[NB: First posted on FB, in response to the “me too” posts that started showing up on ~Oct 14-15. People were saying “me too” to indicate that they have experienced sexual assault or harassment.]
The “me too” posts were the first thing I saw when I tried to just “say hi to the internet” for a few minutes last night. I ended up reading so many, many friends’ posts, and had trouble getting to sleep.
First: Yes, of course, me too. I experienced intimate partner violence, in its myriad forms, over many years during the 1990s. There’ve been many other incidents in addition over the decades; none of the perpetrators have been strangers to me.
But listen: Assault and abuse and harassment don’t only happen to women. Our culture is pervaded by trauma. I am more likely to know of the sexualized trauma my female/femme and queer/trans friends have experienced, because we sometimes open up to each other about these experiences. But very nearly every man I’ve been extremely close to has *also* experienced trauma, sometimes acute incidents but very often ongoing, complex trauma, with its helpings of dissociation and shame and confusion.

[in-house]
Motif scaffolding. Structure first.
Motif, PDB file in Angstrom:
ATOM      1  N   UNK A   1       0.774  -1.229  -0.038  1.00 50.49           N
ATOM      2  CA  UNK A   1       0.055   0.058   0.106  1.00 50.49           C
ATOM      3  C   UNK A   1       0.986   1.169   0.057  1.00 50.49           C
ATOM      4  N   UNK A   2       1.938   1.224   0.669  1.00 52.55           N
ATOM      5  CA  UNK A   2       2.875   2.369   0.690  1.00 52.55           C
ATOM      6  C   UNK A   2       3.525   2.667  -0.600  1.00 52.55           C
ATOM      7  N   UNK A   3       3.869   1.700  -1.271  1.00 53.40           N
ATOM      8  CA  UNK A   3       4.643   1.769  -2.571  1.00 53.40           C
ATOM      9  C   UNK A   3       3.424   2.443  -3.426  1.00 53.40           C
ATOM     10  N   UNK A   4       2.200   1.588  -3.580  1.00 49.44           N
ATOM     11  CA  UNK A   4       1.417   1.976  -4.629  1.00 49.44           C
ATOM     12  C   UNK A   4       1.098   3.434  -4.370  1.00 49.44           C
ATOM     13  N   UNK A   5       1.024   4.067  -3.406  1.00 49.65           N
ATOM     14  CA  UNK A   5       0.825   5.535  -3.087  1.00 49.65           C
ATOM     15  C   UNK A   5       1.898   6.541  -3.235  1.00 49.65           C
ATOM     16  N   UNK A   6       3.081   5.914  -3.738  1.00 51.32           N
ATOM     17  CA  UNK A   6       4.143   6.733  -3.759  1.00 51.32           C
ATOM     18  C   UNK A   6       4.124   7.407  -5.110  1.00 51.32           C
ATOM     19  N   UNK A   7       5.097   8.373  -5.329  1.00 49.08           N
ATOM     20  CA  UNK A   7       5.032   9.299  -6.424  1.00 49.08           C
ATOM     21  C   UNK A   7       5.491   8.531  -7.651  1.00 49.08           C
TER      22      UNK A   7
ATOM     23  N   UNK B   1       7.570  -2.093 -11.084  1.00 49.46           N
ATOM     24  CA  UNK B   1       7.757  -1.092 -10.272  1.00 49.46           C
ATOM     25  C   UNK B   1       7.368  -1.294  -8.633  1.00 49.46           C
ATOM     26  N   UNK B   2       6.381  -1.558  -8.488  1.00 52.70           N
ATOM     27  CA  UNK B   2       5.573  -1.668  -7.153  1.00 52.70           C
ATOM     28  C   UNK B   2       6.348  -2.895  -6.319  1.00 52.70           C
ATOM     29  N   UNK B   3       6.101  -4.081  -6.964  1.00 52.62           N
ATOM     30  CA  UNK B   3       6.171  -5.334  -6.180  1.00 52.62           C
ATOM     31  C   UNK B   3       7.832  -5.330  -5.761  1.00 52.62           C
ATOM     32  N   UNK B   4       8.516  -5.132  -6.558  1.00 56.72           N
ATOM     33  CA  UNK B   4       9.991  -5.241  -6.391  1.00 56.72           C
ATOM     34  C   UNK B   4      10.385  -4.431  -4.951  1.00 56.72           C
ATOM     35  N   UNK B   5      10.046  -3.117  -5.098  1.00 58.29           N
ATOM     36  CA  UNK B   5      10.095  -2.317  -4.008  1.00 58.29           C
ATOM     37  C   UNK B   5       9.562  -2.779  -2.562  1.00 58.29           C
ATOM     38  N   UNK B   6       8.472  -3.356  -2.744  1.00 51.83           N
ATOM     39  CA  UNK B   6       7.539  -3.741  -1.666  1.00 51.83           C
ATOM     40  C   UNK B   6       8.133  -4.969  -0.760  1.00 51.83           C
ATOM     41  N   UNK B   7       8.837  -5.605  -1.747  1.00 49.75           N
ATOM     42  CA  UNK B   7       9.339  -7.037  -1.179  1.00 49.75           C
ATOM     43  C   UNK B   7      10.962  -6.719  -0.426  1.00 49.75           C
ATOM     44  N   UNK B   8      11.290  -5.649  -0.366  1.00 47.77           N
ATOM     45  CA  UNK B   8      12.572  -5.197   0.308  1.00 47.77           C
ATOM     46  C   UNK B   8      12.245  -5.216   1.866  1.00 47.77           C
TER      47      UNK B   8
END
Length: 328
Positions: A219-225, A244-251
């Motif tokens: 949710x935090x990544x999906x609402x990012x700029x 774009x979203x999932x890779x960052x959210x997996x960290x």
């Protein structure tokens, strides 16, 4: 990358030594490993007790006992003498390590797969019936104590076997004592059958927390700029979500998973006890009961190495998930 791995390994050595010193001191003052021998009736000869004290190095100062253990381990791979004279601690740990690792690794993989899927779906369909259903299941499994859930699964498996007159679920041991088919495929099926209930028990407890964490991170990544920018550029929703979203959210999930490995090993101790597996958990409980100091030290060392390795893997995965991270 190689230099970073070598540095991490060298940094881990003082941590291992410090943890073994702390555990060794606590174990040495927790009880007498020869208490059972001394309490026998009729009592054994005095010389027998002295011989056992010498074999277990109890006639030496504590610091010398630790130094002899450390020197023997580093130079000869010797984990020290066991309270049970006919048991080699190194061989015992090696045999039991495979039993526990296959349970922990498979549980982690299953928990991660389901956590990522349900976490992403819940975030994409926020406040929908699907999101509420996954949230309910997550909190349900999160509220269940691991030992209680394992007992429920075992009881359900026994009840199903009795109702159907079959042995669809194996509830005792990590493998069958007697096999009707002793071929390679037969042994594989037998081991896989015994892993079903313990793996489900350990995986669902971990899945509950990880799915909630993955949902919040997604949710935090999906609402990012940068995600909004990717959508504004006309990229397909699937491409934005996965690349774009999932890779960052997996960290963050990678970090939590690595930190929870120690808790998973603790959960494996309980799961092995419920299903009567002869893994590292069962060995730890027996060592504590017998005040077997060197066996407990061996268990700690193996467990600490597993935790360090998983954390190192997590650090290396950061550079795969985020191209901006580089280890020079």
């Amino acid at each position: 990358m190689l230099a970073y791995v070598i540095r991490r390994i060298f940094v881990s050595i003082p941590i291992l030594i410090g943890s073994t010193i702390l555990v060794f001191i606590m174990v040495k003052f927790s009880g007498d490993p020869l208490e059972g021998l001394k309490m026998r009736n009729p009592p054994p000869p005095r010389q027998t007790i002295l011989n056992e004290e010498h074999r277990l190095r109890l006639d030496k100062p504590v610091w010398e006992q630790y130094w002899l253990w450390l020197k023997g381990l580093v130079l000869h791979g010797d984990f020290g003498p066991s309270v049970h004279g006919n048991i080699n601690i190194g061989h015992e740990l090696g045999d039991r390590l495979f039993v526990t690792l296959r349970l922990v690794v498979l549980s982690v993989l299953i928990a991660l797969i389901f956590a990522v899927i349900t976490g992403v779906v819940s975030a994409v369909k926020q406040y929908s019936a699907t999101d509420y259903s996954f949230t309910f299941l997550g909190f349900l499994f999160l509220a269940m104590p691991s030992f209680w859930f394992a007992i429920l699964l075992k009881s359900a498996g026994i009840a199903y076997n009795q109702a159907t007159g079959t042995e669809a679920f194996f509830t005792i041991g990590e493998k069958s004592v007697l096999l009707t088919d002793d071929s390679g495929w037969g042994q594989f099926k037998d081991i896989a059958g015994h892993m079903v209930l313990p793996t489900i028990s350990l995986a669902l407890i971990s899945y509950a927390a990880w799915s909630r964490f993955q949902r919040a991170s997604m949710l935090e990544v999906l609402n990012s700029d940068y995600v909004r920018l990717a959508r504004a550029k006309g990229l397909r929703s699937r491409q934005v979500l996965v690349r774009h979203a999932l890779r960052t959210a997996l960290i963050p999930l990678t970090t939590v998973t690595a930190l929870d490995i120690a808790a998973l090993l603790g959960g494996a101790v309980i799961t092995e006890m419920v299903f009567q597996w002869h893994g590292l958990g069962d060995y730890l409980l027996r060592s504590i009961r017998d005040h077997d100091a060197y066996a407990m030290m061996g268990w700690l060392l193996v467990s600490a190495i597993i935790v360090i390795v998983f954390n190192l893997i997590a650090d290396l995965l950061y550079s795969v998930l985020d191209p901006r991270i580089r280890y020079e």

To be clear: I *really am saying* that #alltraumamatters — I’m saying that because I don’t think our society can make the necessary breakthroughs on trauma-informed care until we acknowledge how incredibly pervasive the problem is. Hurt people hurt people. Transgenerational trauma has got to stop.
Dear friends: I hear you saying “me too” and I am so sorry. Thank you for calling attention to your pain instead of hiding it. Thank you for offering your pain as an attempt to educate. Thank you for being vulnerable in public. I believe that by sharing our vulnerable hearts with each other we can start to build a better, more creative, more loving society.
*song lyric from “I’ll Wear It Proudly” by Elvis Costello. https://genius.com/Elvis-costello-ill-wear-it-proudly-lyrics